Will a Fishy Geoengineering Experiment Raise the Stakes of Global Environmental Law?

It may have taken someone dumping iron into the ocean to make the world take notice.

Young Isaiah with his Haida clan members at a welcome opening at the Haida Heritage Center.
Haida people in Haida Gwaii, Canada, in 2008.

Photo by Farah Nosh/Getty Images.

On Monday, the Guardian reported that “the world’s largest geoengineering experiment” to date took place in July when entrepreneur Russ George, former president of the defunct “ocean seeding” company Planktos Corp., dumped 100 tons of iron in international waters near the Haida Gwaii islands of British Columbia. The Haida First Nations community of Old Massett backed him with $2.5 million in the hopes of saving the area’s floundering fishing industry. Facts are still emerging, and the Canadian government is investigating the project. But much about the affair smells fishy. It probably won’t result in any usable scientific evidence, and it may have violated the incredibly vague international law governing the still-developing field of geoengineering.

Geoengineering is the attempted manipulation of the Earth’s climate on a large scale to stave off the effects of climate change. George seems to have sold the project to the native Gwaii Trust on the basis that fertilizing the ocean with iron causes algae to bloom, which could revitalize local fisheries by creating more food for salmon. He also seems to have convinced them that the investment would pay for itself in the form of carbon credits, apparently to be paid out by Schoppmann, a German firm that doesn’t list carbon credits among its services. (Furthermore, though carbon offsets are a kind of green Wild West, credits for algal blooms remain purely theoretical.)

More than healthy salmon, though, George seems to have craved data. The project’s press releases claim that the new information derived from the experiment will improve our stewardship of ocean pastures by increasing our understanding of phytoplankton growth and ocean eddies. If observations showed that algae grown from iron were descending into the ocean and unlikely to resurface, that could help validate George’s former company’s business model, which aimed to sell the carbon locked away within the algae to businesses looking to offset their carbon emissions. Planktos Corp.’s sequestration experiments were shut down by sharp public criticism, culminating in 2007, when Spain stopped Planktos’ ship from docking at the Canary Islands. (George launched Planktos Science, an “ecorestoration” company unaffiliated with Planktos Corp. in 2008 and conducted the current experiment under the aegis of the Haida Salmon Restoration Corp.) Since then, two U.N. treaties have placed a moratorium on ocean iron fertilization: the London Convention on Dumping and the Convention on Biological Diversity.

Yet George has called this moratorium “a mythology”—and he’s not completely wrong. The CBD and the London Convention offer only what legal scholars have called “toothless” and “explicitly advisory language.” The CBD guidelines exempt “small-scale” experiments in “coastal waters,” while the London Convention (which arguably takes legal precedence) exempts “legitimate scientific research.” George will likely argue that both treaties permit what he did and that they are nonbinding and unenforceable anyway. Furthermore, individuals cannot violate these treaties, so in coming weeks the question will be whether Canada broke the law by implicitly condoning George’s experiment, and if so, what consequences await.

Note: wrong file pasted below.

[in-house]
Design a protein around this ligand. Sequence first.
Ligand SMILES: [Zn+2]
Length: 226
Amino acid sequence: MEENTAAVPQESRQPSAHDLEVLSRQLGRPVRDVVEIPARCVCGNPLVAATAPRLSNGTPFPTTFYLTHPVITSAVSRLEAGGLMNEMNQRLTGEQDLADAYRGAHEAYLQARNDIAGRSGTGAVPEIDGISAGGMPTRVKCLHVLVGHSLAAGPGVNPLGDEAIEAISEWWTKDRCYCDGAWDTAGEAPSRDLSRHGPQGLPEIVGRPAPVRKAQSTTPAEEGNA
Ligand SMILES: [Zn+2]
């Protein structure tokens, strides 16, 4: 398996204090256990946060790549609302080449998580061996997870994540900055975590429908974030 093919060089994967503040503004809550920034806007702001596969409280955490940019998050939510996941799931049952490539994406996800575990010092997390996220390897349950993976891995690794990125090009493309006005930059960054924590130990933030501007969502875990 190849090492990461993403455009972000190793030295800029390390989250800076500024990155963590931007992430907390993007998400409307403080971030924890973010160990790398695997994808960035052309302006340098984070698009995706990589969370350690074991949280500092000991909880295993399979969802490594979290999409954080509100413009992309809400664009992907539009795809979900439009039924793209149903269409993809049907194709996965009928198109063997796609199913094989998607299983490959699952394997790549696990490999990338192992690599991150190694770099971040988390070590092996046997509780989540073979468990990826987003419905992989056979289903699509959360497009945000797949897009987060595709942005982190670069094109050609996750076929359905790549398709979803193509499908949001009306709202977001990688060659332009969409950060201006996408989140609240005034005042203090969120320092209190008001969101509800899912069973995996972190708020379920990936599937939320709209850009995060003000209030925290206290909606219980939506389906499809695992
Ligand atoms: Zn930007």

So what did George find out? It’s too early to tell. Satellite images show an increase in algae in the test site, and instruments (apparently provided by NOAA) have been measuring ocean chemistry and other characteristics to better understand why the salmon are floundering. Even though George claims to have “a mountain of golden data like nobody has ever seen,” marine experts condemn his exuberant methods. 

Still, if George’s iron dump didn’t harm the local environment, why not call it a case of no harm, no foul? Because much more is at stake than the “rogue field experiments” fretted over by the New York Times. Critics of experiments like George’s are not just concerned with the environmental impact of field studies. Many are worried that the mere promise of a technological fix—however speculative—will create a false sense of reassurance and give us more excuses not to clean up our carbon mess. Committed research could have an inertial effect, making deployment of geoengineering technology more likely even if those who might be most affected by it haven’t consented to—or been properly made aware of—the risk.

Whatever its effects on the Haida’s salmon, ocean, and pocketbooks, George’s experiment unquestionably tested the boundaries of global environmental law. Geoengineering scholars have, for years, raised the specter of Greenfinger—a well-meaning, but nevertheless Bond-villain esque, billionaire who independently funds large-scale geoengineering experiments (or even full-scale deployment) with little oversight. George is far from Greenfinger—his questionable dealings with the Haida aside, all he did was dump a few truckloads of iron dust in the ocean. But the dump also fell into a very tricky conversation between scientists, international policymakers, and everyday citizens about the right set of responses to a super-wicked problem that could push our planetary boundaries into strange new configurations.

So maybe, just maybe, George’s experiment will end up being a good thing. The scale was small enough that it probably won’t do much damage. But the worldwide attention—and outrage—it has sparked may finally prompt real, strict international guidelines around geoengineering experimentation. Of course, these laws won’t magically appear. Social systems are at least as complicated as the natural systems they affect.